long;term new teacher;induction programs! in which they can work with colleagues to
continually sharpen and upgrade their knowledge and skills.

This research also suggests that scattering a handful of good teachers around the
district will not produce desired results. #ne study has identified a teacher quality! the
=tipping point> as being when the proportion of underqualified teachers is about /@
percent of the total school faculty. 8eyond that point! schools no longer have the ability
to improve student achievement (%hields et al. 0...). "learly! districts need to recruit!
develop! and retain a well;qualified teaching force. n direct response the $"L8 Teacher
9uality requirements! the %tate of "alifornia has invested millions of dollars to recruit!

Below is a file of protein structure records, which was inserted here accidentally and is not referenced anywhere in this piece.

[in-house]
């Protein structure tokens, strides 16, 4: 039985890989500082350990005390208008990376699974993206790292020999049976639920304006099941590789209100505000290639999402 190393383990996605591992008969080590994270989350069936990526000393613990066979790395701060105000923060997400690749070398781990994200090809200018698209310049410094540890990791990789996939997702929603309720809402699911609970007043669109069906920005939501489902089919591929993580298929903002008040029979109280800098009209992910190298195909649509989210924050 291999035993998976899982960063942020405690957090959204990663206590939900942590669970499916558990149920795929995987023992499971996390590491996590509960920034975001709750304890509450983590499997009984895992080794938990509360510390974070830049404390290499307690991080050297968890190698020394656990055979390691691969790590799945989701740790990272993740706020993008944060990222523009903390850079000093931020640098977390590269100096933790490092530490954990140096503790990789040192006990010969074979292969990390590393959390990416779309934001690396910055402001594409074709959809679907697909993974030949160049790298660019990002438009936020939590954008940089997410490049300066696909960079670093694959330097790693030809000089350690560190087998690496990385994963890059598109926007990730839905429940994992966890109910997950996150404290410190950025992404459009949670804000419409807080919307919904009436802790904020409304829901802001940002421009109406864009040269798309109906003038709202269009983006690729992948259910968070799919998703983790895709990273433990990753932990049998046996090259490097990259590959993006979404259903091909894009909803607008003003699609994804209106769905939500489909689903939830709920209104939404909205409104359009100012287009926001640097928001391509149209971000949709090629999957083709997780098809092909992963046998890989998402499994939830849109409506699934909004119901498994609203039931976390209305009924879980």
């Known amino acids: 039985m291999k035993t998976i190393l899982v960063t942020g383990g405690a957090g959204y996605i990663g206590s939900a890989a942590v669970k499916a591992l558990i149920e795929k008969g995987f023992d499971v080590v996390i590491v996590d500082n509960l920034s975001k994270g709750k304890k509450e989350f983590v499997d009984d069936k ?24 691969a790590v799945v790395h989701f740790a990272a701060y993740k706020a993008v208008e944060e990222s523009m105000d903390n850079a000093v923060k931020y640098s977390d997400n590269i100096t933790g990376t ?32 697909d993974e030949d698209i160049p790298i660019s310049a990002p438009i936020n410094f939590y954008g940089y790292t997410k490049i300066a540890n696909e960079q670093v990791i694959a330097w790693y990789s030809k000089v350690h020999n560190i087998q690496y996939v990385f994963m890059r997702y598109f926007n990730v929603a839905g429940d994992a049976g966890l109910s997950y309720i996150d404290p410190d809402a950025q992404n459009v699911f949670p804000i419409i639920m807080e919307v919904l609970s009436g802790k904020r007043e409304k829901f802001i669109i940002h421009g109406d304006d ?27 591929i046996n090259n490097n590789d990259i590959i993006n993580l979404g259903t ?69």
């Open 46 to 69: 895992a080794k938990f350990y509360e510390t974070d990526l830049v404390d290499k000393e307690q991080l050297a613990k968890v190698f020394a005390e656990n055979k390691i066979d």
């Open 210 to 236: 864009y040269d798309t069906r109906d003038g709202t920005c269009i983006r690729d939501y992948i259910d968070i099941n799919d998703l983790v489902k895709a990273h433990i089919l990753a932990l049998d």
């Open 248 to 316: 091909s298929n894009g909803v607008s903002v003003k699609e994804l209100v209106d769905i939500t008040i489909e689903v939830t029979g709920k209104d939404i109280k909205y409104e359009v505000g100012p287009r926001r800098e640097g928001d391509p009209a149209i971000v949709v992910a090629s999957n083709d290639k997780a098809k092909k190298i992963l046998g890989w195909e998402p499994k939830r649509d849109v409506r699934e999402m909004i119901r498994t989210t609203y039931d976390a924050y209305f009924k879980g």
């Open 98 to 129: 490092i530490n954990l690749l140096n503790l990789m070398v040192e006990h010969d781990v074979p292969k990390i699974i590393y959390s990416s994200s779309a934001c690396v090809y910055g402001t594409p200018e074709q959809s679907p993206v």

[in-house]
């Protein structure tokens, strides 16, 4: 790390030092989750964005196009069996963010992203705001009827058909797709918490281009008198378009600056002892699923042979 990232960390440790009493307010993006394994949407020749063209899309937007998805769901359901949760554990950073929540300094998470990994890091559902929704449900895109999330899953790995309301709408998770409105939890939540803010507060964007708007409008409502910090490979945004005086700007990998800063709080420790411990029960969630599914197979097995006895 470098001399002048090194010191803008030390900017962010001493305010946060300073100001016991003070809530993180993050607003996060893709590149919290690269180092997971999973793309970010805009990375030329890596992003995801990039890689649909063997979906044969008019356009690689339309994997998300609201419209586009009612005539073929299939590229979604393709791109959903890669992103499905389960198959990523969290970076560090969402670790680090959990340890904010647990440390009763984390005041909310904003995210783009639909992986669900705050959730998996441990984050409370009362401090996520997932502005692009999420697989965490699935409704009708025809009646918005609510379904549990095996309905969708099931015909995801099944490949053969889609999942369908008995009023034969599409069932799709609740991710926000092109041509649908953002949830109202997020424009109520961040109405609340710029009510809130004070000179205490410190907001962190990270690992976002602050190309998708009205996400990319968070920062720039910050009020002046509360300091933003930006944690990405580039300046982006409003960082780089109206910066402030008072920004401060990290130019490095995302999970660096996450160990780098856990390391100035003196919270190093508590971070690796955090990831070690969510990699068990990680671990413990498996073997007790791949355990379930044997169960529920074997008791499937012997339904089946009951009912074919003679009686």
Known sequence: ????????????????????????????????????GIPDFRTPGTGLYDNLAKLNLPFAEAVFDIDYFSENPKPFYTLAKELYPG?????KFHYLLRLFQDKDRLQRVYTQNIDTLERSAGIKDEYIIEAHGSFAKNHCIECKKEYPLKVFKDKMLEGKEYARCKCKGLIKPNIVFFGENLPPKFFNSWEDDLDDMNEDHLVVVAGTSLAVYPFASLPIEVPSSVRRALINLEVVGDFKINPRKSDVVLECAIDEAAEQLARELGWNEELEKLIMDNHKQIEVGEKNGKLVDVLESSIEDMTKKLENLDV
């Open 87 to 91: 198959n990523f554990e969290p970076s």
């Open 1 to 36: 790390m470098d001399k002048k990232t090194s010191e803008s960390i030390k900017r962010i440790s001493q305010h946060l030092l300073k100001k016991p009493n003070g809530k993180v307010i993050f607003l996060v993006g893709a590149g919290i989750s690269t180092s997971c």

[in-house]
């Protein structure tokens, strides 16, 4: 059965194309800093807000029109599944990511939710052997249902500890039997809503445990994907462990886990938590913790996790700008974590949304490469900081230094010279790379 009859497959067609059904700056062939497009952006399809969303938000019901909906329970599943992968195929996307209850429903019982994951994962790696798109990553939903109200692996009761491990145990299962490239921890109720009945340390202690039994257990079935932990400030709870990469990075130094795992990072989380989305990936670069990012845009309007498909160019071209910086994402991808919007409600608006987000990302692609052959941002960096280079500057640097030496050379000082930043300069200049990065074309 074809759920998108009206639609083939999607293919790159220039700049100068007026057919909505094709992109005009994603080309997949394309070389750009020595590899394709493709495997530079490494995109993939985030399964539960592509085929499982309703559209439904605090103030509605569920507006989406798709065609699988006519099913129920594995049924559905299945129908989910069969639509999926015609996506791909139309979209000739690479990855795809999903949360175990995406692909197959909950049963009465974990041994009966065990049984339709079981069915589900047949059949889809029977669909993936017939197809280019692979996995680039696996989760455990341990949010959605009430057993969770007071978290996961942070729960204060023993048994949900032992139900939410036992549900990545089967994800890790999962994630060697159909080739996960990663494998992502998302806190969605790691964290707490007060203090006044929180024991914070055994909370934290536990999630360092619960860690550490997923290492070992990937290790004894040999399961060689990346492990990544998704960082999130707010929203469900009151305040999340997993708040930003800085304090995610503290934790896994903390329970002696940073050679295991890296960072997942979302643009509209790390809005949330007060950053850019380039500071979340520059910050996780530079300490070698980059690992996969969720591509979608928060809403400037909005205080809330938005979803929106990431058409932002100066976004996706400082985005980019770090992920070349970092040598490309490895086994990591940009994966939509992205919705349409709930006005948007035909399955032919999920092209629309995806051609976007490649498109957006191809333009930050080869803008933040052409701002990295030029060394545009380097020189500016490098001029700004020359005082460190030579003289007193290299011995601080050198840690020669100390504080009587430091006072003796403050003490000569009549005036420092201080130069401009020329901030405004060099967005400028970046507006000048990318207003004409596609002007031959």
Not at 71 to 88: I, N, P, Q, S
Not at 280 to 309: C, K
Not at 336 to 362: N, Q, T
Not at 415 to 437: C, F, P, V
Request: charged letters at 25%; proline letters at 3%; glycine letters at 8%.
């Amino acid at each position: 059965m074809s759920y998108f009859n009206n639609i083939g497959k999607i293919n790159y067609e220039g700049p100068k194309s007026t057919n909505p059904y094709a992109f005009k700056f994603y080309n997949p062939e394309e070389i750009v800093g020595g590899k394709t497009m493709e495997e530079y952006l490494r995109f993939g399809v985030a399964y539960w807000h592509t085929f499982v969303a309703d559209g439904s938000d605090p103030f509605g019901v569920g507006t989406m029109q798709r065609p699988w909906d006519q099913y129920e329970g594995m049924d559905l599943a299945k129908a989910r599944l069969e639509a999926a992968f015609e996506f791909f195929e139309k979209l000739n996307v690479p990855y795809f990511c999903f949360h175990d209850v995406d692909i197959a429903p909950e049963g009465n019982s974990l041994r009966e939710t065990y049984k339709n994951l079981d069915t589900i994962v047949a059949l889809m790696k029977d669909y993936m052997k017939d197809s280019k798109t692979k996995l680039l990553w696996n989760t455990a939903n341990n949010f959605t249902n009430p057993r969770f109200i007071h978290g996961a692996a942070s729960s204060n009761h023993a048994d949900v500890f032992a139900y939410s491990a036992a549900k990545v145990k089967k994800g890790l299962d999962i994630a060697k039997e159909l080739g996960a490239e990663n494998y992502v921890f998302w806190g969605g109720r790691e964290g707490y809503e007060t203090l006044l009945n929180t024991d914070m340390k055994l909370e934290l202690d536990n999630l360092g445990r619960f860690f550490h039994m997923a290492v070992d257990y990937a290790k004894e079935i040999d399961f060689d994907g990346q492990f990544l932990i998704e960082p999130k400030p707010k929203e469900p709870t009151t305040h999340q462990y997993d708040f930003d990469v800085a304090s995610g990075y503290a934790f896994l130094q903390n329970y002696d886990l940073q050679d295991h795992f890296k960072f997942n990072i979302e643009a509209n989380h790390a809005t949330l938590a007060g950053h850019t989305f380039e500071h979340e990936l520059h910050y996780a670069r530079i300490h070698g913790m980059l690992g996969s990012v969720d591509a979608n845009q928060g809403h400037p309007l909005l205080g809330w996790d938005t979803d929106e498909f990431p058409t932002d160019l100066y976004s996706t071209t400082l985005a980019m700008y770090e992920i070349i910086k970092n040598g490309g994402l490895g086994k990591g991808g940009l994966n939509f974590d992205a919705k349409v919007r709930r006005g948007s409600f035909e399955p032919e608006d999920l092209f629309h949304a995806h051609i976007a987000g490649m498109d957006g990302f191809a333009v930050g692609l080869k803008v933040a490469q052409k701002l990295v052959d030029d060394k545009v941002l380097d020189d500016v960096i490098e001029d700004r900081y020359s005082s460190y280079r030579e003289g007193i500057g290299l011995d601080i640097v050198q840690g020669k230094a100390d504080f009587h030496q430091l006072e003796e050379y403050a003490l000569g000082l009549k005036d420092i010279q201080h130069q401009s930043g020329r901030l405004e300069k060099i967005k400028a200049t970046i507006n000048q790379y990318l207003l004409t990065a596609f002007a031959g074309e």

train! and retain new teachers! with a special emphasis placed on schools that are
difficult to staff. As a result "alifornia has seen a sharp decline in underprepared
teachersG however! these efforts have also increased sharply the number of novice
teachers. Fhile new teachers often bring with them inspiring levels of energy! passion!
D.4* 21
and new ideas! their students generally show lower achievement levels than do
students with e3perienced teachers.
7esearch has also shown that school systems that lack such professional development
programs as the 8eginning Teacher %upport and Assessment (8T%A)<in which new
teachers receive support from e3perienced colleagues<significant numbers of
beginning teachers leave the profession within a few years! especially in urban settings.
1nfortunately! while programs such as 8T%A have proven highly effective in reducing
the attrition rates of beginning teachers! there are simply not enough e3perienced!
effective teachers at many high;poverty! low;performing schools. %chool districts must
be careful not to staff a school with an e3cessive number of beginning teachers vs.
e3perienced teachers ((uternick /@@*).